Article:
Family sharing is simple with Kubera. You can select an individual or family plan, and you can also designate a beneficiary to gain account access. Additionally, Kubera can act as a portal for your life insurance policies and other documentation, which comes in handy for managing family finances where a single source of truth is essential.
How to track your stack with Kubera
To get started, sign up for a Kubera account. While connecting services, search for “Casa” under “Crypto Exchanges & Wallets.” You’ll be prompted to log into your Casa account, and then, presto!
Owning digital assets means taking the long-term view. Make the most of that view with Casa and Kubera. Visit kubera.com to get started.
Are you securing bitcoin as a family?
Casa has everything you need to create a legacy plan for your bitcoin with best-in-class security. Choose between a shared account or a crypto inheritance plan, and have peace of mind your money is safe.
What happens when seed phrases are compromised while you’re abroad?
Recently, a Casa Diamond member was able to restore his Casa vault to full security from two compromised seed phrases while on a Caribbean island, thanks to the swift response of our advisors.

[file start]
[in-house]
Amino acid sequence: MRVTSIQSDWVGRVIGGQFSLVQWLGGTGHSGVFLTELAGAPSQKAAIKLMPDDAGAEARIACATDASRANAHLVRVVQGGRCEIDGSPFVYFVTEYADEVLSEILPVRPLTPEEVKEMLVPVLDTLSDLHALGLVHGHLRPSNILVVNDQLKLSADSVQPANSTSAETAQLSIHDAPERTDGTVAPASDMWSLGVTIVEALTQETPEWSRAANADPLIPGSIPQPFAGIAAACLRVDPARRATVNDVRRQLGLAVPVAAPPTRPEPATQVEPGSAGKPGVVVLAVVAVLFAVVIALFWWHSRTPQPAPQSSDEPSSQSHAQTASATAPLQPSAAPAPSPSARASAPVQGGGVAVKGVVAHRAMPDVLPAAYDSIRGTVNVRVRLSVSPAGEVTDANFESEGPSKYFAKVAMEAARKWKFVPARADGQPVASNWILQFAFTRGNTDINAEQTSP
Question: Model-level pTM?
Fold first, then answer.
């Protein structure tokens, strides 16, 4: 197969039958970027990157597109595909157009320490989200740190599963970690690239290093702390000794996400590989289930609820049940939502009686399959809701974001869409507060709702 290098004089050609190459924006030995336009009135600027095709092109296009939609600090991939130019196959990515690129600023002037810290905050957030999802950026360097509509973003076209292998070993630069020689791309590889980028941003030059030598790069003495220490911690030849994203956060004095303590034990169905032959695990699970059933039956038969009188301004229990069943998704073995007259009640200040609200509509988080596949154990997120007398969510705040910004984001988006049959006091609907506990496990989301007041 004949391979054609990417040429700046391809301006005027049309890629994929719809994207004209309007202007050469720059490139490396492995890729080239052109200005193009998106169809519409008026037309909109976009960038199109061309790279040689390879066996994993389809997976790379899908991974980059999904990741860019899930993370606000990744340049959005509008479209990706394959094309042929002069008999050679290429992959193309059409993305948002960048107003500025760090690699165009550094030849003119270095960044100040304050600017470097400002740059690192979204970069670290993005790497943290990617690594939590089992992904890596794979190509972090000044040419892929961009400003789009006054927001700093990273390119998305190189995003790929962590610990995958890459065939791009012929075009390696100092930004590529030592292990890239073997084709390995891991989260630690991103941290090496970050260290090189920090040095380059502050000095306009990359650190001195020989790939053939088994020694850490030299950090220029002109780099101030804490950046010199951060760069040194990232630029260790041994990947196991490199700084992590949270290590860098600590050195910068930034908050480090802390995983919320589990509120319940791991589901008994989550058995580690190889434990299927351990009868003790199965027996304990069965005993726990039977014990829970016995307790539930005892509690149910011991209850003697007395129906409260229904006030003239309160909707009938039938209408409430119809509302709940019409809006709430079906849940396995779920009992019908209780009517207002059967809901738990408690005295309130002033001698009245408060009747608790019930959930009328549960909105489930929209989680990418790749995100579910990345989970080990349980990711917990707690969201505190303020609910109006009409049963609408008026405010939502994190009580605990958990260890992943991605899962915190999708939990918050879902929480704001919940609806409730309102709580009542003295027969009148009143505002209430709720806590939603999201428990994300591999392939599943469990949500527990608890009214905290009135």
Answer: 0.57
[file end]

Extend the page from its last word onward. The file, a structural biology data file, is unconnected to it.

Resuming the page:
About the client
Chuck is a retired business owner and a Casa Diamond member. We have altered some of his personal details to protect his privacy.
A journey to self-custody
A few years ago, Chuck came to view bitcoin as a major opportunity, but he was nervous about taking self-custody, recognizing that though he was a sophisticated investor, he could be scatter-brained at times, and he was concerned about potentially being hacked.
“I have a lot going on. Sometimes, I can’t even keep track of my car keys, let alone my bitcoin keys,” Chuck said.
He started out by storing his bitcoin with custodians. Feeling at the time that bitcoin was a bleeding-edge technology, he decided to split his assets across multiple custodians rather than rely on just one. He continued to have mixed feelings about custodians, and he experienced poor customer support at one institution.
“I would email and it’d be days before I got an email response,” Chuck said. “And it wasn’t even accurate when it came back. It wasn’t responsive to my question.”
He also discovered many custodians had high minimum balances, making it harder to spread his assets around. Over time, he consolidated his holdings with fewer custodians. As he continued exploring bitcoin-related content, he learned about self-custody as a concept and how Casa could help.
The contingency plan